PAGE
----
The Australian Bureau of Statistics (ABS) Standard Indigenous Question (SIQ) uses a question about ‘origin’ to collect data on Aboriginal and Torres Strait Islander people. A 2014 review found strong support among Aboriginal and Torres Strait Islander stakeholders for a question focusing on cultural identity, rather than origin. However the ABS retained the origin question to preserve data continuity. In contrast, an Australian infuenza-like illness surveillance system, FluTracking, has included the question: “Do you identify as Aboriginal or Torres Strait Islander?” for the past 8 years. Brief consultations found that Aboriginal health professionals and academics preferred the ‘identify’ question as a more accurate descriptor of social realities of Aboriginal and Torres Strait communities. Statistical collections could adapt to improve the quality of Aboriginal and Torres Strait Islander data, and seek to refect reality, not define it.
Objectives: To ascertian whether Aboriginal and Torres Strait Islander people prefer being asked whether they ‘identify’ as Aborigonal and/or Torres Strait Islander, or if they are of Aboriginal and/or Tores Strait Islander ‘origin'.
Importance of study: Good quality and reliable data on Aboriginal people are valuable for the development of policies that are designed to improve the health status of Aboriginal people and to assess the effectiveness of public health programs.
Study type: Internal and external consultation
Methods: The authors conducted a brief internal and external consultation about questions regarding Aboriginal status with approximately 10 Aboriginal health professionals in the Hunter New England Local Health District Health Protection team, as well as a number of Aboriginal academics and public health practitioners in northern NSW and QLD. Consultation took place in 2017. Participants were asked via email if they preferred the FluTracking ‘identify’ question or the ABS SIQ ‘origin’ question.
Results: The consultation revealed that the identify question used by FluTracking was preferred by the majority of participants. The identify question addresses current, rather than historical, social and cultural factors that mediate infuenza infection and severity of infection. Extended family networks mediate both the transmission of infectious diseases and the need for culturally appropriate disease control responses. Respondents to the brief consultation considered that the identify question had a deeper meaning that refected an individual’s personal journey, nature of being, and pride in their cultural identity. An individual’s identity is interconnected to the cultural dimensions of spirituality, language, tradition, and sense of belonging to family, community and country.Identity goes far beyond just having an ancestral link as the origin questions implies.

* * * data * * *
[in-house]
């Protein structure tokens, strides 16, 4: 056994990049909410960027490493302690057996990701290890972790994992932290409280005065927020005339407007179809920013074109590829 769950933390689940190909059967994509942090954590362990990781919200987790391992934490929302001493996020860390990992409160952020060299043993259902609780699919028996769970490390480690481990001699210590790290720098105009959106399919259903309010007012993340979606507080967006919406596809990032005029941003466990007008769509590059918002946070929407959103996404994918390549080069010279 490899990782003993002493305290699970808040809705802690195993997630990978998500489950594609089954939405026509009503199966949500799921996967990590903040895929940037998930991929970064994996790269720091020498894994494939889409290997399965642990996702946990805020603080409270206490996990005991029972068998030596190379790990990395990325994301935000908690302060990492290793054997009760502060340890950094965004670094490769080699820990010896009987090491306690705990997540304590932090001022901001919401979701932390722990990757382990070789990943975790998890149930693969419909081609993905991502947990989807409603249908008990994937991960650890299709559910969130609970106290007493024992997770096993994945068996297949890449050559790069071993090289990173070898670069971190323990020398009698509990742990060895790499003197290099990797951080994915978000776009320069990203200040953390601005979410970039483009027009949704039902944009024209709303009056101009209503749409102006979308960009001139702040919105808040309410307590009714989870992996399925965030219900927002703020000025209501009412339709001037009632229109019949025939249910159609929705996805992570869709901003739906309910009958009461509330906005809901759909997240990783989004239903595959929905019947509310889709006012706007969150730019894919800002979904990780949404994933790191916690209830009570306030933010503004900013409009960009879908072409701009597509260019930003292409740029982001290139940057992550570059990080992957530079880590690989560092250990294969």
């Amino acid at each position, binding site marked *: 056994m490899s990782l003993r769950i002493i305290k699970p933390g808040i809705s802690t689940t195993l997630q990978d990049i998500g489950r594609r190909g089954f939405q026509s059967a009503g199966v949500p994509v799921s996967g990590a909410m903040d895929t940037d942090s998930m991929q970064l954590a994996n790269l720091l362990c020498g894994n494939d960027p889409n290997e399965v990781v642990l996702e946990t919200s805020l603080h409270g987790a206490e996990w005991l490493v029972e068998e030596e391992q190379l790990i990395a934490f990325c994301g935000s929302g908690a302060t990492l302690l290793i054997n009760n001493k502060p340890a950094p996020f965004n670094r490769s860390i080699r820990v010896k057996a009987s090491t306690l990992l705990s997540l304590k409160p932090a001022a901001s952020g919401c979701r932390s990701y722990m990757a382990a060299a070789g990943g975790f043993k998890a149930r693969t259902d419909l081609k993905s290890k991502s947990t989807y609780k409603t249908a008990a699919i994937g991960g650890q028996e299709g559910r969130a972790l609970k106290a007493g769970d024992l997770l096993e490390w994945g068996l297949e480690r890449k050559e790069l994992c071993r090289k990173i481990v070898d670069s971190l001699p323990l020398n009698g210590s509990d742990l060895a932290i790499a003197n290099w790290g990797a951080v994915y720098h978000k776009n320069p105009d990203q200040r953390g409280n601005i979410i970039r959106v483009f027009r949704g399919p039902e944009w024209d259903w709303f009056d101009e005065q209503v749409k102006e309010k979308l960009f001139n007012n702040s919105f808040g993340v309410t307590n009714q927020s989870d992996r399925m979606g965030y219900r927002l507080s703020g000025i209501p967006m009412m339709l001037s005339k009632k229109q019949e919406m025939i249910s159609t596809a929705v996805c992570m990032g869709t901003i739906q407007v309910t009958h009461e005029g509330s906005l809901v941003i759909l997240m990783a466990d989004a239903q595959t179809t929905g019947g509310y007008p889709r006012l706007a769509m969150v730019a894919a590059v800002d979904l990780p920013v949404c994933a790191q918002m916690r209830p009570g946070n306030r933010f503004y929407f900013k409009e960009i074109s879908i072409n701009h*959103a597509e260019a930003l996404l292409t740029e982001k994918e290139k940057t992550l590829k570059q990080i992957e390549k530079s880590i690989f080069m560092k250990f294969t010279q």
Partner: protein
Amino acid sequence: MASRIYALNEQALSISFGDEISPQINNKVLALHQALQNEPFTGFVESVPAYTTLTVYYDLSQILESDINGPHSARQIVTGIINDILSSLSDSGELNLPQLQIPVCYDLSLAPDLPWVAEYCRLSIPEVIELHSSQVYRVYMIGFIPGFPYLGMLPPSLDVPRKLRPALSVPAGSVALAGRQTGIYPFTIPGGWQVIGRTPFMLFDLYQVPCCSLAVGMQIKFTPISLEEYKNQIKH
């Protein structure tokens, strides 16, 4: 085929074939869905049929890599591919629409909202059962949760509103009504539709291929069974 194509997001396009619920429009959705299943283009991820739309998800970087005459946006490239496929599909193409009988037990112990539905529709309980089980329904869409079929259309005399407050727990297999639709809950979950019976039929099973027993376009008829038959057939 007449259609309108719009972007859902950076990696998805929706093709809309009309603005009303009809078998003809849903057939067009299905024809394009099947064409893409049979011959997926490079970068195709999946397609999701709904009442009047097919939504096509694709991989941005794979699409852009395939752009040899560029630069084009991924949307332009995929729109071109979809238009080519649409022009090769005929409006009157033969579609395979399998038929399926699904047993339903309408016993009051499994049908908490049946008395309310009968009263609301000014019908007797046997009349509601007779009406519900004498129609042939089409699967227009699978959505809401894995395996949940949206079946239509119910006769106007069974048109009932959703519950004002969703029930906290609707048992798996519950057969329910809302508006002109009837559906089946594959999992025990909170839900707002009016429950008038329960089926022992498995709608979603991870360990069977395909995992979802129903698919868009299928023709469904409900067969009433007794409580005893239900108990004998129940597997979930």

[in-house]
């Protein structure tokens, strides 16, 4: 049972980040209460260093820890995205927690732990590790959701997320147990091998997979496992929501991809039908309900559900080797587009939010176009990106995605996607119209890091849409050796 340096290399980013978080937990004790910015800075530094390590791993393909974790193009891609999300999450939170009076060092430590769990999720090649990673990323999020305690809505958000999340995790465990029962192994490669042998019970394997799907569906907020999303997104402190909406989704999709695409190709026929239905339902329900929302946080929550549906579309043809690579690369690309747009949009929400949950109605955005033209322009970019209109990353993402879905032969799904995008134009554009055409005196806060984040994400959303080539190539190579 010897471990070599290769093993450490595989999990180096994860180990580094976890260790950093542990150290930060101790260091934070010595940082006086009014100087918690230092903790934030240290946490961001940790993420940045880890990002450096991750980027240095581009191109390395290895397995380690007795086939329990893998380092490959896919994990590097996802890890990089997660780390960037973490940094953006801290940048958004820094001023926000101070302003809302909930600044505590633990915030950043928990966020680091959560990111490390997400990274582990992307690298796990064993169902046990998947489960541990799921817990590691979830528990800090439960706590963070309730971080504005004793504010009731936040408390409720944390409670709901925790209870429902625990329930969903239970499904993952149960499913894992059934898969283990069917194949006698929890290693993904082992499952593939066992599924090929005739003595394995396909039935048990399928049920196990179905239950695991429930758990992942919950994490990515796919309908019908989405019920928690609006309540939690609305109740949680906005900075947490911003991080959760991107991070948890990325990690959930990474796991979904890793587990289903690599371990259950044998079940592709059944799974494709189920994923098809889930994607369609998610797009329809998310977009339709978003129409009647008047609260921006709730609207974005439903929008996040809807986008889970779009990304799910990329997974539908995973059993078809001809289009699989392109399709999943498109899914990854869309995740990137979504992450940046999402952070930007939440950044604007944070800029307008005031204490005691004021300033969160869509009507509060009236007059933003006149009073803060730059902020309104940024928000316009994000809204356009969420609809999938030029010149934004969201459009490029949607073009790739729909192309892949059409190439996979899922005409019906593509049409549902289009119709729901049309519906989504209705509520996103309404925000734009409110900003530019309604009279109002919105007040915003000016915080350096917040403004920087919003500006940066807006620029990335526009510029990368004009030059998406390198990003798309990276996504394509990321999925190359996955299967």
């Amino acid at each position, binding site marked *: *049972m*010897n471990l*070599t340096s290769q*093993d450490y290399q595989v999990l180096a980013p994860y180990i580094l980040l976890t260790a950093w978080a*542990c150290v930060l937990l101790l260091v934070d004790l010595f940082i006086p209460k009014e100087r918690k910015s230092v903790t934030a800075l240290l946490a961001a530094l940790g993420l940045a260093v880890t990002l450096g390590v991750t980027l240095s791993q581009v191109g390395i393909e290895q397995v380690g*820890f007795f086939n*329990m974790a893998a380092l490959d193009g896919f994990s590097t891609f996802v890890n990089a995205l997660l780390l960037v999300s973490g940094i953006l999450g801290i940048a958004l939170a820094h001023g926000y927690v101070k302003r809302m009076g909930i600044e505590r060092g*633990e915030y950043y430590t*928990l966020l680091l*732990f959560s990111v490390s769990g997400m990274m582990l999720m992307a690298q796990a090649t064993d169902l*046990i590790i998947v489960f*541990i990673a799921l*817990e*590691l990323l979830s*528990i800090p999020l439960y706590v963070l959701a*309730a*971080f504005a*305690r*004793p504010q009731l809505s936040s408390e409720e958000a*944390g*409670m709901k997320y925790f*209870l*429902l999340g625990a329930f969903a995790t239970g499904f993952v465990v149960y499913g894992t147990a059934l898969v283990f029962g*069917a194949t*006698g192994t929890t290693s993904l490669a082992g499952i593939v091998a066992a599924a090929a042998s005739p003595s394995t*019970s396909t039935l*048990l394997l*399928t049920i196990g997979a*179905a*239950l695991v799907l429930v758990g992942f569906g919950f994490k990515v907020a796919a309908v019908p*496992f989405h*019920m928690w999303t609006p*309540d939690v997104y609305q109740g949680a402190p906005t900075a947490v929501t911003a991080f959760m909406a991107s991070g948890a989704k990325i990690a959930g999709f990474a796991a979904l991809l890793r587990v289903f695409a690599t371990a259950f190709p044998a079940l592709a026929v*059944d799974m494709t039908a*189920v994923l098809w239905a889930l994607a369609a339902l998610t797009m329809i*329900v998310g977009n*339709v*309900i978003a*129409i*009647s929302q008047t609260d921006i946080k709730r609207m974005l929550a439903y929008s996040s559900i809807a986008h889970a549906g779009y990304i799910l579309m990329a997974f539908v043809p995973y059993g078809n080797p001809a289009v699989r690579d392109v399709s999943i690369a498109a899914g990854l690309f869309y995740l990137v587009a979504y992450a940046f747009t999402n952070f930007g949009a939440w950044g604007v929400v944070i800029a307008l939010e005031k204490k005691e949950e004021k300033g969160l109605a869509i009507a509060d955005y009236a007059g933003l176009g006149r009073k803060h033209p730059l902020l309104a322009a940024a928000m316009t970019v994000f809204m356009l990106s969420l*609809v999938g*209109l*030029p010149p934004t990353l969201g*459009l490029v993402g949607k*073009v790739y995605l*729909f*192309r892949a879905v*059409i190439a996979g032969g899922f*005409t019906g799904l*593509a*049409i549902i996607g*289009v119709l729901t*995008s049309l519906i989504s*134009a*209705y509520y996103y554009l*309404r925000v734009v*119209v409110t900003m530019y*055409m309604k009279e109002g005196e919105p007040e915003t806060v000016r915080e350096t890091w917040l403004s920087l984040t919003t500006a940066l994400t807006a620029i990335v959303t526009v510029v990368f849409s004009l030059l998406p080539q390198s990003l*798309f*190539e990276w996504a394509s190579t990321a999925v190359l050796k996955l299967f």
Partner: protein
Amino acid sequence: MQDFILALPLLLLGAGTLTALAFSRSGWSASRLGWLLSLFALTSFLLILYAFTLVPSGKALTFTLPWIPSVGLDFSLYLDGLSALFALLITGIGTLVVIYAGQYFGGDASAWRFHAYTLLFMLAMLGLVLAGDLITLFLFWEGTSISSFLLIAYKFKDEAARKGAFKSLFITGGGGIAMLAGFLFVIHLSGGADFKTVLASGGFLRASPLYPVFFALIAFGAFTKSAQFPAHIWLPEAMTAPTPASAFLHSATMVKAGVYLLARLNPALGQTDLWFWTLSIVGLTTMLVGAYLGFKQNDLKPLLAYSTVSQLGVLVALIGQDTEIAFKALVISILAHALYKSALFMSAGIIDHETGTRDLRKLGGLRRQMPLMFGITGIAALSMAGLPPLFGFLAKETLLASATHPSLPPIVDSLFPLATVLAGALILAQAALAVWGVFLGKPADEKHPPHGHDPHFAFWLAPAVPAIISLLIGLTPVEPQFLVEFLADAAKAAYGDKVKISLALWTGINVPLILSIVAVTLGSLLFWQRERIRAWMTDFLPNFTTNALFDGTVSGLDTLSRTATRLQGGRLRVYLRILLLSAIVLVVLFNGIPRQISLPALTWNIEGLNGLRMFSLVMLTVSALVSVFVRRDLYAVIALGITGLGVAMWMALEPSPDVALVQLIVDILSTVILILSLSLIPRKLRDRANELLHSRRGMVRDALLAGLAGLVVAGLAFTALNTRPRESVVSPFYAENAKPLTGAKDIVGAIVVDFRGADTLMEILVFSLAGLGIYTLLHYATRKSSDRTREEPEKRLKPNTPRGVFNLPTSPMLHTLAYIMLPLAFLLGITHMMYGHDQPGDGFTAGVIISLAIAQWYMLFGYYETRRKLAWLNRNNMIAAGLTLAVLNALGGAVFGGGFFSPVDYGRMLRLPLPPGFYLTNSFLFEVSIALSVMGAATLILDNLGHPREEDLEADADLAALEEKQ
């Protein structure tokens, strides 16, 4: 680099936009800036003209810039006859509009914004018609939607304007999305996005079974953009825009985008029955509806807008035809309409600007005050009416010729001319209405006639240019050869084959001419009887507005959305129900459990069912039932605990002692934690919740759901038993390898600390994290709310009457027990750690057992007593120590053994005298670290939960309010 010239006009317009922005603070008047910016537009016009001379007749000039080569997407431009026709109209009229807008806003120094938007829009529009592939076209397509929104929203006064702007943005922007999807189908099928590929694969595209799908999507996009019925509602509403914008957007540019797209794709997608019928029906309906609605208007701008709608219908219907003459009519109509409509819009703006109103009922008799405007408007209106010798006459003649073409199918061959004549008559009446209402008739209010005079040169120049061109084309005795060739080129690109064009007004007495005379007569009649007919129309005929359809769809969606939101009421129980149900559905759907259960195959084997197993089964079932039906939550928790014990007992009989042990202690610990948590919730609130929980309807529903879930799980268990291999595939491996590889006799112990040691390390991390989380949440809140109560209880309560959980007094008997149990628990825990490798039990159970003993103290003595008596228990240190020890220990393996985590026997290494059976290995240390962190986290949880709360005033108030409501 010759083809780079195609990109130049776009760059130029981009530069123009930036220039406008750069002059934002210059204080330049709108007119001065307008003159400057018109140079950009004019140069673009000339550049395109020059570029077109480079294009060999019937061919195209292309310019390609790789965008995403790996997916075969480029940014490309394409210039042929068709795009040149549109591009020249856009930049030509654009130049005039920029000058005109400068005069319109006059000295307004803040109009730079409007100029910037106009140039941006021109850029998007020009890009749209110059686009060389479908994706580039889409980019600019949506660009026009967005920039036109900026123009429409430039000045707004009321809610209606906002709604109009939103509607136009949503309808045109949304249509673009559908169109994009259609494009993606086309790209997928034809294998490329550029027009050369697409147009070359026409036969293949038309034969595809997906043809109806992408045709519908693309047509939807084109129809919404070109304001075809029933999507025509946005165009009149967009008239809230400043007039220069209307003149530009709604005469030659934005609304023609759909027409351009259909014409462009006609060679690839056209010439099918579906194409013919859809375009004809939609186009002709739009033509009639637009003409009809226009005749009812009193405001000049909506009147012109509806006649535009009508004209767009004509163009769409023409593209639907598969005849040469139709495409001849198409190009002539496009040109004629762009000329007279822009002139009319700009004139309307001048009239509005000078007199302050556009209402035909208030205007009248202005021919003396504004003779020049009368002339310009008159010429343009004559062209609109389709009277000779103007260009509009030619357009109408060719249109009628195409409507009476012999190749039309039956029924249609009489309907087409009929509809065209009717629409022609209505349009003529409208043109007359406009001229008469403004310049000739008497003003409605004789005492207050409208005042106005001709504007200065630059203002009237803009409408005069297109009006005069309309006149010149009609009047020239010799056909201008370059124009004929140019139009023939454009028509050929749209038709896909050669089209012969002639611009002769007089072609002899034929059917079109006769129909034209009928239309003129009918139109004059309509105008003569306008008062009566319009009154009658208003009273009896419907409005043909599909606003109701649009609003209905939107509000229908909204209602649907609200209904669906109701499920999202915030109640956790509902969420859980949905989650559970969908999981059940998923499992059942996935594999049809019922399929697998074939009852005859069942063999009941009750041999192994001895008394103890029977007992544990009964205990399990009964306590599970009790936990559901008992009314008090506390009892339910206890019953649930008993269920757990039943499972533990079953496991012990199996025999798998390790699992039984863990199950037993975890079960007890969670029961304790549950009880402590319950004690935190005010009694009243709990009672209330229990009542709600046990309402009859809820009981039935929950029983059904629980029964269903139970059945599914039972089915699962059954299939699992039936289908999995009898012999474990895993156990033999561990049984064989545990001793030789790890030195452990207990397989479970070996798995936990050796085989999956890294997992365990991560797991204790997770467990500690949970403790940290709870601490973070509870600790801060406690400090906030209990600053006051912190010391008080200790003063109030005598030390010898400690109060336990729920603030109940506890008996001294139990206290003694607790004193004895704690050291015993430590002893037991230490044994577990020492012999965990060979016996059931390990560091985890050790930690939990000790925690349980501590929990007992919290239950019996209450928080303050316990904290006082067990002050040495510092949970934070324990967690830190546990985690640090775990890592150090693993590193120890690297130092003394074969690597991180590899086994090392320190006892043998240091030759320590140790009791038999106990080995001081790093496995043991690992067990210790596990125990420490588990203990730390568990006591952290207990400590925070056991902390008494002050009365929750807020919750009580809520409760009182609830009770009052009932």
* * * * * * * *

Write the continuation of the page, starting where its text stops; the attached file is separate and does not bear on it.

Conclusion: Although it will be challenging, statistical collections can adapt to improve the quality of Aboriginal data. If identity, rather than origin, is the more useful epidemiological or sociological determinant, there should be a transition to this question. The ABS could ensure historical relevance of prior data collections by documenting the relative proportion of response to an ‘origin’ and ‘identity’ question within the same cohort. This would assist adjustment between the two defnitions over time. The ABS, as a custodian and curator of national statistical data, is necessarily a conservative institution with a commitment to historical consistency of defnitions and data. However, ABS data collections should seek to refect reality not define it. To ignore the reality of fuid and evolving selfidentifcation is to ignore, and depart from, reality.
- A 2014 review of the Australian Bureau of Statistics (ABS) Standard Indigenous Question found that a question focused on cultural identity was more strongly supported by Aboriginal and Torres Strait Islander stakeholders than the standard ‘origin’ question. The ABS maintained its ‘origin’ question to preserve data continuity.
- Brief consultations with Aboriginal health professionals and academics found that they preferred a question focused on identity, such as that used by illness surveillance system FluTracking, as a more accurate descriptor of social realities of Aboriginal and Torres Strait Islander communities.
- Statistical collections could adapt to using an identity question to improve the quality of Aboriginal and Torres Strait Islander data and seek to refect reality, rather than define it